What you need to know about COVID-19 today, Monday May 11.

Kids start returning to school.

Students in NSW and Queensland will start heading back to school today.

In Queensland, children enrolled in kindy, prep, and years one, 11 and 12 will be the first cohorts to return to school.

It is proposed students from years two to 10 will return to school from May 25, but the state government will reassess this on Friday.

NSW students will return for one day of face-to-face learning per week from today, with attendance to increase over the course of the term.

The government has urged parents to be vigilant about their children’s health and to keep them away from school if they exhibit any symptoms of coronavirus.

Social distancing guidelines will be maintained in classrooms and extra health measures will be in place, including additional cleaning and health equipment in sick bays.

Lunch breaks will also be staggered.

NSW Premier Gladys Berejiklian said it is not compulsory to send children to school and parents would not be penalised for keeping them at home.

Mamamia’s daily podcast The Quicky explores ‘re-entry anxiety’. Post continues after podcast. 

Businesses urged to stagger work start times.

Businesses are being urged to stagger the times employees start and finish work, ahead of a planned easing of COVID-19 restrictions over the coming months.

Authorities have begun planning for the resumption of normal trading, with the Commonwealth and state governments readying for the associated influx of people on public transport.


Prime Minister Scott Morrison on Friday mapped out the National Cabinet’s planned three-step easing of restrictions, and set an aspirational July target for the return of most employees to their workplaces.

National Chief Medical Officer Brendan Murphy says authorities will convene a meeting on Monday to discuss the gradual return of commuters to public transport.

He said increased numbers on buses and trains would create challenges around maintaining social distancing.

“One of the most important things is to reduce the density,” Professor Murphy said on Sunday.

“Social distancing is not possible when you are crowded. We are very keen, for those who are working from home to continue working from home for the time being.”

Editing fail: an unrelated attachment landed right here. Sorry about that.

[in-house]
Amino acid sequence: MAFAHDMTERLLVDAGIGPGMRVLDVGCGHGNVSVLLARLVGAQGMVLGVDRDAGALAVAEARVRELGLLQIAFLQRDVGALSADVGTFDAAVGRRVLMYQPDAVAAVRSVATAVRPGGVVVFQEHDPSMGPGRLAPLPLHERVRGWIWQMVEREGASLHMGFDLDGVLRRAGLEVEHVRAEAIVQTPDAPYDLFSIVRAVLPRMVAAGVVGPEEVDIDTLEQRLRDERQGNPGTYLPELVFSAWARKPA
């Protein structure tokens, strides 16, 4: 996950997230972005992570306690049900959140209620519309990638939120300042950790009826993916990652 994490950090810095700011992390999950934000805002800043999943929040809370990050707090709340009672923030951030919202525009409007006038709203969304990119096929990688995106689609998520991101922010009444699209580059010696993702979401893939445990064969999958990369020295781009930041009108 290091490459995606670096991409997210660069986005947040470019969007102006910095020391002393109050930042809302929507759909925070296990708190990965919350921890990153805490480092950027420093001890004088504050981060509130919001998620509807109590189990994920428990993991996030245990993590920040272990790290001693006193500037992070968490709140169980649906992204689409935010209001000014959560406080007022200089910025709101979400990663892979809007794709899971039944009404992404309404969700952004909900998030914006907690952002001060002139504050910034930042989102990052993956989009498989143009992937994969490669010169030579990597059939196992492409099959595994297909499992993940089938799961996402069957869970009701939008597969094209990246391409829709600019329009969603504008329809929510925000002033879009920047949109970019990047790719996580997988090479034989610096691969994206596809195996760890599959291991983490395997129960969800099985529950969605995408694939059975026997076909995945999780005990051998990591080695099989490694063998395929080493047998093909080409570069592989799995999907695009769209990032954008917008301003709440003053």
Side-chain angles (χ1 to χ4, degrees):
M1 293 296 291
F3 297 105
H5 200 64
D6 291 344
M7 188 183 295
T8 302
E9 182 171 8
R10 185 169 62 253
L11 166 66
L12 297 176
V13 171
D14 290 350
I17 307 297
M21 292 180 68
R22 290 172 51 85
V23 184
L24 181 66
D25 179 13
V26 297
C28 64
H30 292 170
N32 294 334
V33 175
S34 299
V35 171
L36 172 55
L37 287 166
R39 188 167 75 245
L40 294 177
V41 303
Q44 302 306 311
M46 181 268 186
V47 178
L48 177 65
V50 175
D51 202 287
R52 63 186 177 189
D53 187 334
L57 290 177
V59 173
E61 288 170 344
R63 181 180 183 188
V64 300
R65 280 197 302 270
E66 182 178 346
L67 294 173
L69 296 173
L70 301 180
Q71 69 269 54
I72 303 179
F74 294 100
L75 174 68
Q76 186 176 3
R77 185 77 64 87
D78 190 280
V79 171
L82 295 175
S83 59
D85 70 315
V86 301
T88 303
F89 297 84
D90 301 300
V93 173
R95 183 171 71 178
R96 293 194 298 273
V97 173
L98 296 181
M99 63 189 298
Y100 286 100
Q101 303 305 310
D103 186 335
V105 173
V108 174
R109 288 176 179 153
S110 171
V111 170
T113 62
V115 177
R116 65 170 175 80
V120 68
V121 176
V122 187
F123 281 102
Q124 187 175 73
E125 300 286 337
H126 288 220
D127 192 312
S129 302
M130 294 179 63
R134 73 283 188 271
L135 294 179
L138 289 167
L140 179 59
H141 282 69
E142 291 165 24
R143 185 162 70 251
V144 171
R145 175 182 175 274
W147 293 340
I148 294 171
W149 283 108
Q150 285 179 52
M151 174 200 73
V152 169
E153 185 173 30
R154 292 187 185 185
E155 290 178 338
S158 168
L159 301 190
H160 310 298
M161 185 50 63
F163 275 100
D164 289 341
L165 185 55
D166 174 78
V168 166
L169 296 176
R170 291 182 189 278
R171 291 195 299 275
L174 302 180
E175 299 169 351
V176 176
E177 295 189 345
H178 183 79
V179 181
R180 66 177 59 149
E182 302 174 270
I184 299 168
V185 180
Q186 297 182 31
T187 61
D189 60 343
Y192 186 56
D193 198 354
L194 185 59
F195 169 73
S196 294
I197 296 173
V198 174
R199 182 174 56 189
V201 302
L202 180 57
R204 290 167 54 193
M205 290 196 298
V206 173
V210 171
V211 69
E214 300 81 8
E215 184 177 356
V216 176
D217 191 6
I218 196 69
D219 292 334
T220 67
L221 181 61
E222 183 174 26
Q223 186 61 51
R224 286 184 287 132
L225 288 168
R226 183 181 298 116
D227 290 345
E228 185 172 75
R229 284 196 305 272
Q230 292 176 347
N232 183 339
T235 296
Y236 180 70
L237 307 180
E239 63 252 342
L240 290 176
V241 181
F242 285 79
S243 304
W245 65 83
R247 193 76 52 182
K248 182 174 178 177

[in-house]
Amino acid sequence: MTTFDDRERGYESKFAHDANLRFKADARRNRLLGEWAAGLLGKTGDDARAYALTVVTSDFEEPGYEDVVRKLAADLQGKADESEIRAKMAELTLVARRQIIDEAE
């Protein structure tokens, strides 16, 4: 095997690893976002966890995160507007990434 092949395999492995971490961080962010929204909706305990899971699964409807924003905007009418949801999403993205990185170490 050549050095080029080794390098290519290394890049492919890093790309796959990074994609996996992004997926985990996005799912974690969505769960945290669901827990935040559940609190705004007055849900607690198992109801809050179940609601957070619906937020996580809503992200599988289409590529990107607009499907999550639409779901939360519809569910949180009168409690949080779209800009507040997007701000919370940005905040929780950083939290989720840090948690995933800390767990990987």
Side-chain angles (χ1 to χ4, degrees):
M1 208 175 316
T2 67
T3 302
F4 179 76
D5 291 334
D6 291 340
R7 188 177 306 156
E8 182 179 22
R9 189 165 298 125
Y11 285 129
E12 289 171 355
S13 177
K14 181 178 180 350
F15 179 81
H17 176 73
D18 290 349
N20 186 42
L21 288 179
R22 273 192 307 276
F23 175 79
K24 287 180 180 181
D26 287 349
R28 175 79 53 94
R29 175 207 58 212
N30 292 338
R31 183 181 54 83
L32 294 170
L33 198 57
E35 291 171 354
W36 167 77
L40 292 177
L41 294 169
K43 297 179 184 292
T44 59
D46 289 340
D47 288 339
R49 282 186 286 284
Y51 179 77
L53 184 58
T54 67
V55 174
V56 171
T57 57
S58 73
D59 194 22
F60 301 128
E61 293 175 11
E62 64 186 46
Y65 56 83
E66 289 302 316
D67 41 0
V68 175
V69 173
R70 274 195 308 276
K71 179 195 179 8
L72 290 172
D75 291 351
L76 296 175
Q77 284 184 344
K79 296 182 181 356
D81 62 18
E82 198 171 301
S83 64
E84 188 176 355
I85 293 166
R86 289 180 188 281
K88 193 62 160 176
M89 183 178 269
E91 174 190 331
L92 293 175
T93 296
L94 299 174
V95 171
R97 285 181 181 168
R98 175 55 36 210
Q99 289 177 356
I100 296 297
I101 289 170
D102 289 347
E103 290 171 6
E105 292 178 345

Public transport agencies have already introduced COVID-19 safety measures, including increased cleaning of carriages, and Prof Murphy said hand sanitiser would need to be supplied for commuters.

He said the government was looking at ways to spread out passengers.

“But we are also keen for employers and employees to look at staggered start and finish times,” he said.

“I think we have to think about a very different way of people may be starting at work, some starting at seven o’clock, some starting at 10 o’clock and people finishing at different times.

“We have to think differently about that so there is a lot of planning going on in the meantime.


“The message – go back to work. But if it works for you and your employer, continue to work from home.”

Government considering changes to JobKeeper.

Image: Getty.

Scott Morrison is considering slashing the $1500 JobKeeper payment or phasing it out faster than expected, reported.

The government reportedly fears the fortnightly payment is creating "zombie" companies that would be unable to exist without the wage subsidy.

ADVERTISEMENT reported options to end the one-size-fits-all approach of paying $1500 a fortnight to businesses for each employee, regardless of the size of the business or whether the employees were part-time, full-time or casual workers.

The JobKeeper scheme was announced by the government in March and is legislated to end on September 27.

New options being considered by the government include reducing the $1500 subsidy, targeting it at smaller businesses, or limiting it to particular industries that are hardest hit by COVID restrictions.